Do I have a narrow stereotype of what a woman should look like? I don’t believe so. I have a narrower range of what is acceptable for me to look like dressed as a woman. My standards for being dressed in public as a woman are different than the standards I have for being dressed as a man because when dressed as a man, I was simply meeting the social conventions for being dressed in public. Being well-dressed as a man didn’t make me feel better about myself, so I dressed to a lower more common standard. Being dressed as a woman does make me feel better about myself, so I do aspire to dress to a higher standard. This is not to meet a stereotype but more, to be the best I can be with what I have to work with.

It will be a happy new year, if, through these blogs and the comments they generate, and the forums and support groups, I learn more about myself and grow as a person. For years of my life, I never looked inwardly because the darkness of the unknown made me fearful. I have overcome the fear and begun to turn on the lights. I have caused myself no small measure of distress with what I have discovered about myself, but my acceptance of self is growing. The last huge step is to share my awareness of self with others close to me. Unfortunately I have not yet figured out whether or not the end justifies the means.

Happy New Year to all.

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December 21, 2011

New boots and “on being me”

Filed under: crossdresser, shopping — Tags: , , , , — Sarah Michelle @ 5:37 pm

Finally, after what feels like months of searching, I finally found a pair of season appropriate boots. The boots don’t really qualify as “winter” boots for a Canadian winter. They are not lined and they do have a significant heel. The lack of lining means the boots will be worn from the car to the mall and not much further, although I will be able to wear them in the city as long as it isn’t too cold. The heel means they will be treacherous in slippery conditions, especially if the ground is “broken” or uneven. However, the boots fit, and they fit properly. I have been in and out of dozens of shoe stores looking for just the right boot, tall, tight to the leg, and a wide size which is unfortunately rare. Going up a size to get the width has proven to be the wrong choice too many times in the past. The shoes often fail to stay on my feet when I’m actually walking, as compared to just moving about the house.

I’ve written previously about being out during the day. It was a recent milestone and one that can only be described as “casting off a burden”. My spirit was lighter, brighter and consistently happier since that experience. Today I had to do my Christmas shopping and I had a bona fide reason to travel a distance from my home. A specialty item was only available in one store, and once there I remained in the area to do the rest of my shopping. I was making some returns, before the gifts were even given. The items were discovered to be wrong for one reason or another. I also had to do the “liquor run”. We don’t drink much in our house, so when we play host to a couple of dozen people, there is always a healthy list of staples, and curiosities that need to be acquired. All of the guests like to be able to make their “drink of the moment” for the gathering.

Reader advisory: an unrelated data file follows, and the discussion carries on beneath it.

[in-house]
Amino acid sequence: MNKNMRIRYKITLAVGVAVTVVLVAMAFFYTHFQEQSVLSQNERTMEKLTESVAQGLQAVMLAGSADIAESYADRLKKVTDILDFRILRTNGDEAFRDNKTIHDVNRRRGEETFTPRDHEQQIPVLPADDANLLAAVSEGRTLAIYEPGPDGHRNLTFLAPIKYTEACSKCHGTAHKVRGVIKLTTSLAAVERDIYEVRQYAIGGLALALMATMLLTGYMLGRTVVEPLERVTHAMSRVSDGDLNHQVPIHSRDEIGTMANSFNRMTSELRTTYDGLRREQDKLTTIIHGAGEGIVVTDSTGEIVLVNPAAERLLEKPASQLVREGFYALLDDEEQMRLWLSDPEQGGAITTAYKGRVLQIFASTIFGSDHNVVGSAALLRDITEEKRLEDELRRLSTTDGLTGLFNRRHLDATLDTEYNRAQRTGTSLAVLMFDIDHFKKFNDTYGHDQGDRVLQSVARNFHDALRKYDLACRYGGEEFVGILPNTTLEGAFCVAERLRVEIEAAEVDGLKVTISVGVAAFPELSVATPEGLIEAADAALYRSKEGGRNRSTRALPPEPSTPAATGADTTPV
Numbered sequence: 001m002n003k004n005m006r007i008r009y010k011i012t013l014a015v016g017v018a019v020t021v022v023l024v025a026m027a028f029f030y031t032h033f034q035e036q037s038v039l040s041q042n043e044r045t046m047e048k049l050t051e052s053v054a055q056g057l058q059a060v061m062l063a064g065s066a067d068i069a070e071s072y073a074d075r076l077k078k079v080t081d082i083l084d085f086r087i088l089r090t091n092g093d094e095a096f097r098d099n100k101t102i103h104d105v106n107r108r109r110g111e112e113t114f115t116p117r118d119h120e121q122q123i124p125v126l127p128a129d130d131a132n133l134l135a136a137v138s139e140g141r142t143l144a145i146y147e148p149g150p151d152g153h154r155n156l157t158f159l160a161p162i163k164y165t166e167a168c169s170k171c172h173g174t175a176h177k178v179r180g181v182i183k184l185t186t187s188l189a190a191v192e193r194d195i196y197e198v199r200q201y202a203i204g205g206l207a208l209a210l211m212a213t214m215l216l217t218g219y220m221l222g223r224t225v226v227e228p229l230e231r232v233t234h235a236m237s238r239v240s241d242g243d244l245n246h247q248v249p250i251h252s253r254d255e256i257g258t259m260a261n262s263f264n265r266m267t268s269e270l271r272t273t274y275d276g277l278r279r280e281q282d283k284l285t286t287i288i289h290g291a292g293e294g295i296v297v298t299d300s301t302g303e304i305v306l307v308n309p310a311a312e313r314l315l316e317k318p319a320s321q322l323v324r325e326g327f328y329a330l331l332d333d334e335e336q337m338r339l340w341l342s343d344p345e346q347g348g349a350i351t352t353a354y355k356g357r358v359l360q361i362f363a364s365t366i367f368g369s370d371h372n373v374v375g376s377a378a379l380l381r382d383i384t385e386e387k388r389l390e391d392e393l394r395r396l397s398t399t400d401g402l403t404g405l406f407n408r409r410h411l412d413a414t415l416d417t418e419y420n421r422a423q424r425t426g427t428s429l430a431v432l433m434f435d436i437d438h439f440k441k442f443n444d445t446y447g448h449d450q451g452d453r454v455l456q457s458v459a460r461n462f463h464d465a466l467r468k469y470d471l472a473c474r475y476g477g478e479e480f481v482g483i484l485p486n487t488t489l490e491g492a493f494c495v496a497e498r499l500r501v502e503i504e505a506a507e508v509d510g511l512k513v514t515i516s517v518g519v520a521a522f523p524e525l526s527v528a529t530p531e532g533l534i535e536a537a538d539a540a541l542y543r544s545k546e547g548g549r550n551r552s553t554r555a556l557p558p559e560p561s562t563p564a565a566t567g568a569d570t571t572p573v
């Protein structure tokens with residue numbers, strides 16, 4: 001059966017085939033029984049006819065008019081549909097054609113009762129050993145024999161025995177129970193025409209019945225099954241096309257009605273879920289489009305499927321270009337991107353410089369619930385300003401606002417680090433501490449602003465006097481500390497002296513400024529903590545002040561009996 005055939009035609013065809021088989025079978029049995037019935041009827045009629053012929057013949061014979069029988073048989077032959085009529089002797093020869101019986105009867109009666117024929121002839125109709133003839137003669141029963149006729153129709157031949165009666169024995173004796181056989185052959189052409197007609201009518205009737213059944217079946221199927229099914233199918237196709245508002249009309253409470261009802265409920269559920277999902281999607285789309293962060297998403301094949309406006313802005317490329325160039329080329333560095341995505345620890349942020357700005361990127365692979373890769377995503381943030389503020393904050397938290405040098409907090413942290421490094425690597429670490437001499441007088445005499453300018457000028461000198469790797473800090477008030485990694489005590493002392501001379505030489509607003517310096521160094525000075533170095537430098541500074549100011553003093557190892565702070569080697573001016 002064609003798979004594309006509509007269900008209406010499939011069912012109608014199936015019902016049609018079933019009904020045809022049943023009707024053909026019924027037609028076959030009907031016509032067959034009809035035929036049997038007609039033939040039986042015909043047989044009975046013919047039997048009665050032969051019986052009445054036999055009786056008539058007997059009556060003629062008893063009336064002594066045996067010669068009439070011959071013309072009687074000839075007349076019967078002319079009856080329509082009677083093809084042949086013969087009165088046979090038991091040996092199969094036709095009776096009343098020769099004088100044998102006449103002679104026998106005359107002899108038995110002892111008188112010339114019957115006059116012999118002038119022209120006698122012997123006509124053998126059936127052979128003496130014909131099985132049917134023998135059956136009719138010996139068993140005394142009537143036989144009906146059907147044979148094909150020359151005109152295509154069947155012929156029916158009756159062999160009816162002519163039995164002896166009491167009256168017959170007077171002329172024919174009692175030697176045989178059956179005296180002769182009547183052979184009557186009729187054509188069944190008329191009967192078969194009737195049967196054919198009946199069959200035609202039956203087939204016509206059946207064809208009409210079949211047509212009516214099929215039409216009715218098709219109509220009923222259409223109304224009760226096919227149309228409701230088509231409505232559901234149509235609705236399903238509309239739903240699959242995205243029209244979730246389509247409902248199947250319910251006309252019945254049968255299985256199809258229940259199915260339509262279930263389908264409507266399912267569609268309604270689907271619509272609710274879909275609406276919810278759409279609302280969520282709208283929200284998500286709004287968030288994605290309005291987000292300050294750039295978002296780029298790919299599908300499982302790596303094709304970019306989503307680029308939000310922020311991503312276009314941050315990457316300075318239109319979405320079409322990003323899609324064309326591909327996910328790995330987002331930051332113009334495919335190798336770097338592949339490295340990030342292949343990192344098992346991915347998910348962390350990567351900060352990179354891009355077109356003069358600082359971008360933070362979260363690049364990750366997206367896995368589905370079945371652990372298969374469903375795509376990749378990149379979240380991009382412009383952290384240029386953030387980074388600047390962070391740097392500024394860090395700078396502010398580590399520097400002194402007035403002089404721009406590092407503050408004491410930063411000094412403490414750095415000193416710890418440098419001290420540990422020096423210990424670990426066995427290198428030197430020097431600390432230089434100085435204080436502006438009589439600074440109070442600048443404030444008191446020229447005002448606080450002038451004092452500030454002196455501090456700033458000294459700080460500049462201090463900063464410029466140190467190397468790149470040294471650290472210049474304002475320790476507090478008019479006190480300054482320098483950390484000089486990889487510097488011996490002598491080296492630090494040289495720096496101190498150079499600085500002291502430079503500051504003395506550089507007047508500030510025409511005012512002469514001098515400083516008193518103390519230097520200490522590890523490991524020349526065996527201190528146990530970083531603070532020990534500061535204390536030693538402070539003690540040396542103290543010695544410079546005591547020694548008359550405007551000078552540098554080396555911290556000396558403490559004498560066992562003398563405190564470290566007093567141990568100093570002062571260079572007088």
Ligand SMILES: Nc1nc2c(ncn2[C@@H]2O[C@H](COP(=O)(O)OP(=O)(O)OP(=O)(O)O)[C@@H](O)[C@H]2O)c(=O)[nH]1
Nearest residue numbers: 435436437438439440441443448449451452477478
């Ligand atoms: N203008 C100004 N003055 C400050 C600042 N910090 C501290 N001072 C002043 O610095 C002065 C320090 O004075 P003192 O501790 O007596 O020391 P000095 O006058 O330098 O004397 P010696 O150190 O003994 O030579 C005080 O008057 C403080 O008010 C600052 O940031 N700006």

Back to the theme; being away from my hometown allowed me an opportunity to blur the lines again. I dressed in women’s jeans, and a top that wasn’t outrageously feminine but wasn’t male attire either. I took a man purse (shoulder bag) and wore a pair of shoes with flat square toes and blatantly obvious heels. What were absent were the breast forms, the wig and the make-up.

My first stop was a Winners/HomeSense megastore, where I had to return and replace an item with one of the proper size. It being just before Christmas, the parking lot was full and chaotic. I had to park far further from the store than I would have preferred. Doing so was a double edged event. It meant that I had an opportunity to adjust to the shoes and heels before I entered the store. I have learned not to assume that all heels are the same when walking. On the other hand, it meant I was clearly visible to cars and pedestrians coming and going, which is somewhat intimidating.